The Ending Employer Market

March 26th, 2012

GeoSearch TalentIn August of 2009 this blog posted It’s an Employers Market, Ugh! that noted the unattractive attitude of some organizations growing their workforce.  That blog said “…hiring organizations that act with arrogance and blatant disrespect, just because they happen to be growing in this down marked, would benefit from some sole searching and a small dose of modesty.”  At the time, all headlines were gloom and doom.  An economic turn around wasn’t on the horizon and many greedy organizations took advantage of the circumstances to hook top talent while burning bridges with runner up’s.

Last week, Dr. John Sullivan posted The War for Talent Is Returning; Don’t Get Caught Unprepared where he said, “Like it or not, the war for talent is returning and it is already at ferocious levels in the Silicon Valley and in other high-growth areas around the world.” and reminded readers that “If you’re not familiar with the “war for talent” phenomena, it involves a prolonged period of intense competition where top applicants are both scarce and arrogant, employees leave by the droves, firms regularly raid each other for talent, and bidding for top talent is commonplace.”  That blog post is an excellent read and report on the market changes happening now.

The geospatial employment market is starting to resemble the Silicon Valley reality.  For three or four years it has been a strong employer market where talent has had to fight hard to win a new position.  Employers would list five job requirements and only consider candidates with seven of those five qualifications.  The full recruitment life cycle has been extended not by days but by months.  However, the tables may soon be turned.

While a large labor pool exists due to the Department of Labor’s 8.3% unemployment statistics, finding qualified and interested candidates for today’s open geospatial positions is dwindling.  The number of resumes from candidates that meet specific criteria seem to be dramatically down and the time spent sifting through stacks of unqualified resumes is on the rise.  This can be good news for active geospatial job seekers with relevant skills.  This will most certainly spell trouble for employers unprepared for the changing trends.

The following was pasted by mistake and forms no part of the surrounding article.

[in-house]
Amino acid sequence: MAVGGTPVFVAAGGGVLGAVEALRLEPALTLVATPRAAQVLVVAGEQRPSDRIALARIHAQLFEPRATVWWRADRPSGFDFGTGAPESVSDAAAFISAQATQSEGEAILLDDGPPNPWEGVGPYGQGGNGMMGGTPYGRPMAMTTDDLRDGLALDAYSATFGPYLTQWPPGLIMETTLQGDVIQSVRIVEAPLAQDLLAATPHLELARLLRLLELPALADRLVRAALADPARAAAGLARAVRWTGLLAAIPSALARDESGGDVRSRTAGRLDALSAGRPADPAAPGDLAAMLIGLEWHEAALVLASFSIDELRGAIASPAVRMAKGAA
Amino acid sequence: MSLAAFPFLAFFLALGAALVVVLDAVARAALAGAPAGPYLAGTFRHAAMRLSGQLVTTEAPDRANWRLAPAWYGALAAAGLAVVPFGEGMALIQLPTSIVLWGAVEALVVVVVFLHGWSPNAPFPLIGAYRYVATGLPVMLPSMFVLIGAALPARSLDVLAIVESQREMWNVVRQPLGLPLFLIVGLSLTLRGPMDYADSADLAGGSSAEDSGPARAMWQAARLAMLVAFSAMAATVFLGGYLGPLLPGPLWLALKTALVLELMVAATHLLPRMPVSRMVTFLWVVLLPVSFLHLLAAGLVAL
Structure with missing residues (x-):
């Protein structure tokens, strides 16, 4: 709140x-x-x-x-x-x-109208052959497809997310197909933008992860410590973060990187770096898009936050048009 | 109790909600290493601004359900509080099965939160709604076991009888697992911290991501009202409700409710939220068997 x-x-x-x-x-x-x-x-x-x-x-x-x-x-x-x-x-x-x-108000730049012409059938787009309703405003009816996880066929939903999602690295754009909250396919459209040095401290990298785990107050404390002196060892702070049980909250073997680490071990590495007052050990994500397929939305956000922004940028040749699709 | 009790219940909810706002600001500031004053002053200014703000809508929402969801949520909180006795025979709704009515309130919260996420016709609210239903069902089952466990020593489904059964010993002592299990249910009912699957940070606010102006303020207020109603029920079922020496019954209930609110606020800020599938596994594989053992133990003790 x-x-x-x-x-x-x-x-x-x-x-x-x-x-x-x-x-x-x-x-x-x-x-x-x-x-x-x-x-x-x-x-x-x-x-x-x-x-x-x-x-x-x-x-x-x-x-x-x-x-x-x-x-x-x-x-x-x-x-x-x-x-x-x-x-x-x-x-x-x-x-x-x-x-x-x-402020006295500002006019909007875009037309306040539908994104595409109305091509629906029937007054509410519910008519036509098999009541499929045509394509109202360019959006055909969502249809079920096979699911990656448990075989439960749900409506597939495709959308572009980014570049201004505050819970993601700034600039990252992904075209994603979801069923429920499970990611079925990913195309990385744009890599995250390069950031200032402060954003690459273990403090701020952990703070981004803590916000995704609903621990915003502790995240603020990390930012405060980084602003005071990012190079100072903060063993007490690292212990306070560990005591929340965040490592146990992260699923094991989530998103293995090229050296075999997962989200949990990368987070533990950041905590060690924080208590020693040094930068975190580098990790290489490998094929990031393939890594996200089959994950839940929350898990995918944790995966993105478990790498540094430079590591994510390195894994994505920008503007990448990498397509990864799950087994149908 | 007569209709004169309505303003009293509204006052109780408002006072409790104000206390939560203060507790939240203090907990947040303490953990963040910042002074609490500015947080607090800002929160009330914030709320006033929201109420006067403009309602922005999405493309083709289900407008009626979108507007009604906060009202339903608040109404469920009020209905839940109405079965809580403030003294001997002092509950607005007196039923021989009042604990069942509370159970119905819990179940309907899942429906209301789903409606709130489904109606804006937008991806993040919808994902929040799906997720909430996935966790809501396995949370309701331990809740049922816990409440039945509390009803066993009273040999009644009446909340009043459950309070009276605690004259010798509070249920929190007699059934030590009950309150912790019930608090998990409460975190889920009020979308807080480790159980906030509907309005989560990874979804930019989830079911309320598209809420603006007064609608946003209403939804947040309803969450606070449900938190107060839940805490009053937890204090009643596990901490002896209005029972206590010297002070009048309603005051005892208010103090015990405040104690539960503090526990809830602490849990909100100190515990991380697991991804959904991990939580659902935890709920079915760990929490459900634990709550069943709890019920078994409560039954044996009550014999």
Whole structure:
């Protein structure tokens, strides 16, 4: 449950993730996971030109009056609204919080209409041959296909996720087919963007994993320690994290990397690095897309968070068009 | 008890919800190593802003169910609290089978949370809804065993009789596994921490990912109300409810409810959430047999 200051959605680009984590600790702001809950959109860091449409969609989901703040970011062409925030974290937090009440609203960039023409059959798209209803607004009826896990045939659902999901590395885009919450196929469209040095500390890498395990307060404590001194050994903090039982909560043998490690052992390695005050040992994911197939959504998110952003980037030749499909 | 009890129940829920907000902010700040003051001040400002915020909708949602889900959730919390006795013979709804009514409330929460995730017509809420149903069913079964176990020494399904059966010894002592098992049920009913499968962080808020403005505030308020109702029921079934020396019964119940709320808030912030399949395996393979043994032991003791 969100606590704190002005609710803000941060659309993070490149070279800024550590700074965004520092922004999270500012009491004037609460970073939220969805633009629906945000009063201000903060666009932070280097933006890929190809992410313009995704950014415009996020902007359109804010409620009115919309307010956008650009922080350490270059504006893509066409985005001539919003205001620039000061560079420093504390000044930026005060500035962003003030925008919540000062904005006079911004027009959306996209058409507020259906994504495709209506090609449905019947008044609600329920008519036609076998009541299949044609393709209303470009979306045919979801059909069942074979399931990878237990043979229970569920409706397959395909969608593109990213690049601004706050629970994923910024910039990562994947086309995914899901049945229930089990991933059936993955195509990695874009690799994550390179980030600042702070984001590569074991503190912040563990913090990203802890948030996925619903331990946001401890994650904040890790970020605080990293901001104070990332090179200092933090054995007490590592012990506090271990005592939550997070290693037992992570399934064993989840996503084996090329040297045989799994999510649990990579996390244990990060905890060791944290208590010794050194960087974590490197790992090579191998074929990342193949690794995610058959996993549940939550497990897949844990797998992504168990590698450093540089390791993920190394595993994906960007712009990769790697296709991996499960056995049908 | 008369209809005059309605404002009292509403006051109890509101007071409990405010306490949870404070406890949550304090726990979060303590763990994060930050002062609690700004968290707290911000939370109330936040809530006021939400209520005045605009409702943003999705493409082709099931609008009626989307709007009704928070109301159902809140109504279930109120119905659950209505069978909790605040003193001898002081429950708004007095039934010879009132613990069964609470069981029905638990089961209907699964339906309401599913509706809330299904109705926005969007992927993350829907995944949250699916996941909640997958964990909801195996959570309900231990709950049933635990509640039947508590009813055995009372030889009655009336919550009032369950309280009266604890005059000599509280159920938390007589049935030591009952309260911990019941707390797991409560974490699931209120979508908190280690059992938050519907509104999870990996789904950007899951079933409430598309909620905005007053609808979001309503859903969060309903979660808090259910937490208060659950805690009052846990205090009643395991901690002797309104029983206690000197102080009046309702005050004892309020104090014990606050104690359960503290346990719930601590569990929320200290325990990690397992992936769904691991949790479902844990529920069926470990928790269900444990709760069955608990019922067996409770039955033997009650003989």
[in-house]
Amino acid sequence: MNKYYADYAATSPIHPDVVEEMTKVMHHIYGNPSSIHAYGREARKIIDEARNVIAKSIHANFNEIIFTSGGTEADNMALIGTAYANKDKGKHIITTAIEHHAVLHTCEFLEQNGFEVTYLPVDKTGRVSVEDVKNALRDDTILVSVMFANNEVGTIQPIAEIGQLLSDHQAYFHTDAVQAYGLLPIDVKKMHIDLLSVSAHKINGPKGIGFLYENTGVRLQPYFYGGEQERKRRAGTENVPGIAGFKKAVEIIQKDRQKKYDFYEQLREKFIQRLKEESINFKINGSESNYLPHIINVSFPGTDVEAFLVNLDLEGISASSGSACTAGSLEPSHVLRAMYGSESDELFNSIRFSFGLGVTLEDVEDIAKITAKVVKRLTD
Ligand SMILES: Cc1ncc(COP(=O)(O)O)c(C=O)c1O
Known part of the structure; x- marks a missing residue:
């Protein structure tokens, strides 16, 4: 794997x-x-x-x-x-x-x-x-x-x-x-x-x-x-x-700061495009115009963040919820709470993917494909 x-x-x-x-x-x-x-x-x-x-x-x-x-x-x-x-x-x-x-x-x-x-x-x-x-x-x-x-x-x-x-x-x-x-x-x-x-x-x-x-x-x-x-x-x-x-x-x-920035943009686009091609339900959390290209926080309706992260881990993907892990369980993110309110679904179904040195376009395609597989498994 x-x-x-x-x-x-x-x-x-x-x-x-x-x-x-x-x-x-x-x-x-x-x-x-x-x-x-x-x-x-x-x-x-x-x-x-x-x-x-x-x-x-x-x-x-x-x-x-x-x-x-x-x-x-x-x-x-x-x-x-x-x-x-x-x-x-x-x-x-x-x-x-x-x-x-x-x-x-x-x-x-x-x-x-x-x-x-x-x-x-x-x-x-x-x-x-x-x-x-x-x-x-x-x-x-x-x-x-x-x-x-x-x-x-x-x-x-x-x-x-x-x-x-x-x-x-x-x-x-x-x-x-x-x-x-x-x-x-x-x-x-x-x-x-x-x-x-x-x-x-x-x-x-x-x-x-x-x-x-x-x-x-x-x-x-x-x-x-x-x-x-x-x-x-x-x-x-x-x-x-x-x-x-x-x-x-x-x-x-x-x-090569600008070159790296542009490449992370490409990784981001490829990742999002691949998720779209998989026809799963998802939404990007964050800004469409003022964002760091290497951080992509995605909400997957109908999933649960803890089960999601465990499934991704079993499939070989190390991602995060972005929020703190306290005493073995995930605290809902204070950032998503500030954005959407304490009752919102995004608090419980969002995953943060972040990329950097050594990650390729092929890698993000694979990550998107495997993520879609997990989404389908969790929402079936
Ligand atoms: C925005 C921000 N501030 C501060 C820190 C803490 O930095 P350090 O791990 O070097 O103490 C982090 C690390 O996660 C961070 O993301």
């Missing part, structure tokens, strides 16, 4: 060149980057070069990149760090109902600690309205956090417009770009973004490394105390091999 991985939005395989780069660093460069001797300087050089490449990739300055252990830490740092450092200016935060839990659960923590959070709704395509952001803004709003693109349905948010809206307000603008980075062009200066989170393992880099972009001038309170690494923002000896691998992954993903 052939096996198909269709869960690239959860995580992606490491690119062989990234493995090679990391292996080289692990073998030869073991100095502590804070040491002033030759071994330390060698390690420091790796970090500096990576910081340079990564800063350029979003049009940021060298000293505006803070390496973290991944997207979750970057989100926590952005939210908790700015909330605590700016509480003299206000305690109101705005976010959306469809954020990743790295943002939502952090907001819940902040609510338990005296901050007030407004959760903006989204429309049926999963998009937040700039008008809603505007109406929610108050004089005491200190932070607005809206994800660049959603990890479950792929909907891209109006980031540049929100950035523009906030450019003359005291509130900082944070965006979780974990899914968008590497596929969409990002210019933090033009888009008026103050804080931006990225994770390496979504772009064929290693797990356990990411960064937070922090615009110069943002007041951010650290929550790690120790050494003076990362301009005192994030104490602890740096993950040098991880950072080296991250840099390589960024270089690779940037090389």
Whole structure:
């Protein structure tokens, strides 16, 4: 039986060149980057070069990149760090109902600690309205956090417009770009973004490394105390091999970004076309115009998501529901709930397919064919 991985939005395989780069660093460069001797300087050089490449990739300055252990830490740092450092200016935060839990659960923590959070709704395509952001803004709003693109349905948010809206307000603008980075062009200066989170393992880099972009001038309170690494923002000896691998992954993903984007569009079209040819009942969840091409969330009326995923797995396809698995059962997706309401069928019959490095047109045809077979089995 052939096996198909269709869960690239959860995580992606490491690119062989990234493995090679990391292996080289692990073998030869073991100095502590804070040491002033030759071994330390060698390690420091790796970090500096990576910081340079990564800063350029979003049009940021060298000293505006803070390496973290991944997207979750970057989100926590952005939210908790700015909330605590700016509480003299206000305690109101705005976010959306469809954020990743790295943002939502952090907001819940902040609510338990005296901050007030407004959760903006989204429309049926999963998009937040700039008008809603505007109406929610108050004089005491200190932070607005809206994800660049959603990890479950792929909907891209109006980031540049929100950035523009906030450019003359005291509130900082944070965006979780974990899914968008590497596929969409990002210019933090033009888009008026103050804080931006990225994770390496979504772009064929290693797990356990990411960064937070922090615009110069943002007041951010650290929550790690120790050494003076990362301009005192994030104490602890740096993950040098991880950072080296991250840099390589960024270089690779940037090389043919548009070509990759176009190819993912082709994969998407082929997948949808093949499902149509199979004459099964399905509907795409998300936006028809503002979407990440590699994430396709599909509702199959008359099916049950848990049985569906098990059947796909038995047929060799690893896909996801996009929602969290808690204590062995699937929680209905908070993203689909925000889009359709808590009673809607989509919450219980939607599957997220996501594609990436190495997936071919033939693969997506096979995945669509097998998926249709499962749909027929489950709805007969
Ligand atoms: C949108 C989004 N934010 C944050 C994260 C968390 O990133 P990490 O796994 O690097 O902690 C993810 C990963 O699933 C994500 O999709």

What are you going to do to address these changes?  Hiring bonus’s will return to lure qualified talent and retention incentives will reemerge to keep the talent you’ve got.  In a candidate market organizations will definitely need to revise their talent management strategy and probably need professional help to develop a competitive analysis to meet their workforce goals.


2011 Wage & Salary Executive Summery

February 14th, 2012

GeoSearch Wage and Salary Executive Summary 2011

State of the Geospatial Economy

February 1st, 2012

In the third quarter of 2008, when the collapse of large financial institutions disrupted the economy of the entire globe, many in the geospatial community wondered how severe the impact would be on a sector where one third of the total revenue comes from the public sector and another third is strongly tied to construction activity.  However, it didn’t take long for the full impact of the crisis to be felt.  By November of that year, most geospatial hiring activity halted.  2009 represented historically low GeoSearch job board activity and this was consistent with low volume postings for geospatial titles internet wide.  Real estate sales, state budgets, and large commercial projects that fuel the geospatial sector declined.

In the second quarter of 2010 geospatial job postings and hiring activity started to stabilize. Opportunities for entry and mid-level surveyors, cartographers, photogrammetrists, and technicians housed in engineering, surveying, mapping, and other traditional services firms managed to produce marginal growth and hiring related postings increased.  2011 built on that momentum with new opportunities for mapping technicians and professionals involved in the application development and use of GIS.  Further, demand for digital mapmaking is on the rise due to the mobile market and social network demand for fast, accurate, and complete location based information and this will likely be the main source of continuing job growth.

Complementing hiring trends, Wage & Salary data has realized similar ebbs and flows. Analysis of the category and classification of “GIS Manager”, since that category has been used in all 20 GeoSearch Wage & Salary Surveys, a dramatic 9.5% drop in salary occurred in the 2008 data compared to the 2009 data. An upward trend is beginning to emerge but wages in this category haven’t returned to the 2007 high when the reported average was $81,581.